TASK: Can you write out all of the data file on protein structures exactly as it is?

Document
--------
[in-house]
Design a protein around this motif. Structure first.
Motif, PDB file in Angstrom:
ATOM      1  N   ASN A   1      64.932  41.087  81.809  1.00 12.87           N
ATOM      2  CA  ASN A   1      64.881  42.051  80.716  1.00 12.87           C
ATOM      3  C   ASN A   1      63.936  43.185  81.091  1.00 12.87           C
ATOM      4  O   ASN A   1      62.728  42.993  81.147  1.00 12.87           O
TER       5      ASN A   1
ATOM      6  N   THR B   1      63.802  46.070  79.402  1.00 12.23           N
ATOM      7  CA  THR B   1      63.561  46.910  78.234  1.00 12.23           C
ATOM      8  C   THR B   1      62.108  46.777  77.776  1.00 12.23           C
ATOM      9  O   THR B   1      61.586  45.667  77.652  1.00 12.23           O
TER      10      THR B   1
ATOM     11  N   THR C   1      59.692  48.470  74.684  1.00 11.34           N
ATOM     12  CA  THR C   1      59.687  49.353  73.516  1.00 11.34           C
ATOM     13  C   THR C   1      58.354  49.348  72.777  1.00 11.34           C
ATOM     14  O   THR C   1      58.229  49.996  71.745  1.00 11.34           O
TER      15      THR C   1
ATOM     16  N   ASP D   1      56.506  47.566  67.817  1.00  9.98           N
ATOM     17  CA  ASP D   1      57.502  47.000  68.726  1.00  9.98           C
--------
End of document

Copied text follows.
[in-house]
Design a protein around this motif. Structure first.
Motif, PDB file in Angstrom:
ATOM      1  N   ASN A   1      64.932  41.087  81.809  1.00 12.87           N
ATOM      2  CA  ASN A   1      64.881  42.051  80.716  1.00 12.87           C
ATOM      3  C   ASN A   1      63.936  43.185  81.091  1.00 12.87           C
ATOM      4  O   ASN A   1      62.728  42.993  81.147  1.00 12.87           O
TER       5      ASN A   1
ATOM      6  N   THR B   1      63.802  46.070  79.402  1.00 12.23           N
ATOM      7  CA  THR B   1      63.561  46.910  78.234  1.00 12.23           C
ATOM      8  C   THR B   1      62.108  46.777  77.776  1.00 12.23           C
ATOM      9  O   THR B   1      61.586  45.667  77.652  1.00 12.23           O
TER      10      THR B   1
ATOM     11  N   THR C   1      59.692  48.470  74.684  1.00 11.34           N
ATOM     12  CA  THR C   1      59.687  49.353  73.516  1.00 11.34           C
ATOM     13  C   THR C   1      58.354  49.348  72.777  1.00 11.34           C
ATOM     14  O   THR C   1      58.229  49.996  71.745  1.00 11.34           O
TER      15      THR C   1
ATOM     16  N   ASP D   1      56.506  47.566  67.817  1.00  9.98           N
ATOM     17  CA  ASP D   1      57.502  47.000  68.726  1.00  9.98           C